Collect all necessary data, disaggregated by sex and age, in order to develop, implement, monitor and evaluate adequate national policies, plans and legal frameworks including by assessing the needs and priorities of mine victims and the availability and quality of relevant services, make such data available to all relevant stakeholders and ensure that such efforts contribute to national injury surveillance and other relevant data collection systems for use in programme planning (AP Mine Ban Convention).

In preparation for the Third Review Conference, Colombia’s Vice President hosted the “Bridges Between Worlds” conference in April 2014 to highlight the linkages between disability-inclusive development and survivor assistance.  In the Summary report from that conference (AP Mine Ban Convention), the Chairperson called for:

All humanitarian and development efforts, and assistance for these efforts, should be inclusive of, and accessible to, persons with disabilities, including mine and other explosive remnants of war survivors. This means a twin-track approach of integrating disability into development programmes, supporting disability-specific programmes to address targeted needs, and promoting and enabling the active participation and contributions by persons with disabilities in these efforts.

And in my report on victim assistance in Mozambique published last year, I wrote specifically about the data problems that face landmine survivor assistance programming and called on the participants of the Third Review Conference to leverage the “data revolution” proposed by the Post-2015 development agenda:

The delegates to the Review Conference can take the opportunity to describe how survivor assistance specifically and mine action more broadly will support [the Post-2015 development] framework and craft the Maputo Action Plan to align with the framework. An aligned action plan would focus on the outcomes of survivor assistance, namely the escape from poverty and inclusion in society, and the mine action community can assume a monitoring and advising role on the inputs necessary to achieve those outcomes. The sea-change will be the shift from focusing solely on those inputs however, and tracking the outcomes. The mine action community can, through existing and emerging monitoring systems, also track outcomes for survivors and persons with disabilities. In order to track those outcomes however, a comprehensive baseline is needed: who are the survivors and persons with disabilities and what is their current economic position? The mine action community has recognized the need for a comprehensive baseline and the data revolution proposed under the Post-2015 framework creates the opportunity to push states to develop that baseline.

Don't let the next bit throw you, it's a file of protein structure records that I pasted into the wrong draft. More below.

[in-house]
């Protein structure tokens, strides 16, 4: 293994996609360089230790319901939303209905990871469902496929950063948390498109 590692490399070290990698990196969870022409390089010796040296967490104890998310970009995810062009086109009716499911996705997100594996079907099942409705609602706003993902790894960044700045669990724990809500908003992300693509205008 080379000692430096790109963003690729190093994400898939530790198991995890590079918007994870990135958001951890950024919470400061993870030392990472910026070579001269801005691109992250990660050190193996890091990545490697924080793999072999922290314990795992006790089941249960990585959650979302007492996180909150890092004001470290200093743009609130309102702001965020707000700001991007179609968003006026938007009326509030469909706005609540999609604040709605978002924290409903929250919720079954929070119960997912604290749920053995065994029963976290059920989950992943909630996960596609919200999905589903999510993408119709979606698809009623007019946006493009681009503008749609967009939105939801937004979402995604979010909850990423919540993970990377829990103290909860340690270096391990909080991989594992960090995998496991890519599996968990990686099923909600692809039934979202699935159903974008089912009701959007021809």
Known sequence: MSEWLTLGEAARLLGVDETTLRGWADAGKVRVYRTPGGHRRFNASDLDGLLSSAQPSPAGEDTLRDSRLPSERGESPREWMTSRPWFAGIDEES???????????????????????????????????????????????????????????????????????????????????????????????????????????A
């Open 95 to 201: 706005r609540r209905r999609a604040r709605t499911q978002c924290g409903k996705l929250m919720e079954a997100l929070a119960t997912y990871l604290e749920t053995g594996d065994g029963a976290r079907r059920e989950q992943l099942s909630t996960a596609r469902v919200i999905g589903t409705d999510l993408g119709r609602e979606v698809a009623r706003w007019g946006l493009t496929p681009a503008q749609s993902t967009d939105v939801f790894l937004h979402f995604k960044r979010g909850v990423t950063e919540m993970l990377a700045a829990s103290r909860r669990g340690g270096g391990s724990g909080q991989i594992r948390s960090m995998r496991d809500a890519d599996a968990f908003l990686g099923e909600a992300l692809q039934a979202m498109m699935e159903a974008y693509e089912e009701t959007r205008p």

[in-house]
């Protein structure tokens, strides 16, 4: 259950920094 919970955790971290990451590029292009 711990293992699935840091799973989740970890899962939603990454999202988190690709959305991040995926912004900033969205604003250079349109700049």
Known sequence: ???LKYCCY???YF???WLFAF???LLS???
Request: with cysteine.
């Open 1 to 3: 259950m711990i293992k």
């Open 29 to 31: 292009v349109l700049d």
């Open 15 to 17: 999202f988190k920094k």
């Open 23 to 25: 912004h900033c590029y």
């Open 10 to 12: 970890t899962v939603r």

So really when we talk about the future of victim assistance at the Third Review Conference, what we are doing is fulfilling the promise made a decade ago in Nairobi and re-affirmed five years ago in Cartagena: that survivor assistance is part of a broader development program with targeted interventions for landmine survivors and other persons with disability and that these interventions will be tracked with accurate data and monitoring systems. If in 2019 we are still talking about the twin-track interventions and the importance of data, we will have missed an important opportunity to fulfill the pledge made to survivors in 1997.  Again.  The States Parties in Maputo must act on survivor assistance and not merely re-hash past pledges which have already been re-hashed.

Michael P. Moore

May 20, 2014

One Comment on “The Future of Survivor Assistance, Again.”

  1. Amelie Chayer says:

    Absolutely! And in addition to tracking “targeted interventions” with accurate data and monitoring systems, states should also track how landmine survivors and other persons with disabilities benefit from broader interventions such as poverty-reduction schemes and improvements to the health sector. Thanks Michael!